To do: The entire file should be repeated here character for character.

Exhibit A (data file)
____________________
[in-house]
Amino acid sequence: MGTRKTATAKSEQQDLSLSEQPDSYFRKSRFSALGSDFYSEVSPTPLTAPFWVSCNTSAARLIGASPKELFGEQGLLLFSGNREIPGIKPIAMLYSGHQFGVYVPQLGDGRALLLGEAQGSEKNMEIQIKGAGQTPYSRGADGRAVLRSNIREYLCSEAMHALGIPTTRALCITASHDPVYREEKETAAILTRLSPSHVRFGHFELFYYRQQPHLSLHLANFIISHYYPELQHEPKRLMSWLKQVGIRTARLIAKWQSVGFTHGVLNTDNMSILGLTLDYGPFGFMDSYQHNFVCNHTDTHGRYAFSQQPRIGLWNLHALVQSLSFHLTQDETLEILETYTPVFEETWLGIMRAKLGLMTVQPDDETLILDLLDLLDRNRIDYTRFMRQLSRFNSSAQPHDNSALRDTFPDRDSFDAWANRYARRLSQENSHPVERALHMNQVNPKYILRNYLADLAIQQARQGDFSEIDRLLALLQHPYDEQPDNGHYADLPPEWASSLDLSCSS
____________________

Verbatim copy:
[in-house]
Amino acid sequence: MGTRKTATAKSEQQDLSLSEQPDSYFRKSRFSALGSDFYSEVSPTPLTAPFWVSCNTSAARLIGASPKELFGEQGLLLFSGNREIPGIKPIAMLYSGHQFGVYVPQLGDGRALLLGEAQGSEKNMEIQIKGAGQTPYSRGADGRAVLRSNIREYLCSEAMHALGIPTTRALCITASHDPVYREEKETAAILTRLSPSHVRFGHFELFYYRQQPHLSLHLANFIISHYYPELQHEPKRLMSWLKQVGIRTARLIAKWQSVGFTHGVLNTDNMSILGLTLDYGPFGFMDSYQHNFVCNHTDTHGRYAFSQQPRIGLWNLHALVQSLSFHLTQDETLEILETYTPVFEETWLGIMRAKLGLMTVQPDDETLILDLLDLLDRNRIDYTRFMRQLSRFNSSAQPHDNSALRDTFPDRDSFDAWANRYARRLSQENSHPVERALHMNQVNPKYILRNYLADLAIQQARQGDFSEIDRLLALLQHPYDEQPDNGHYADLPPEWASSLDLSCSS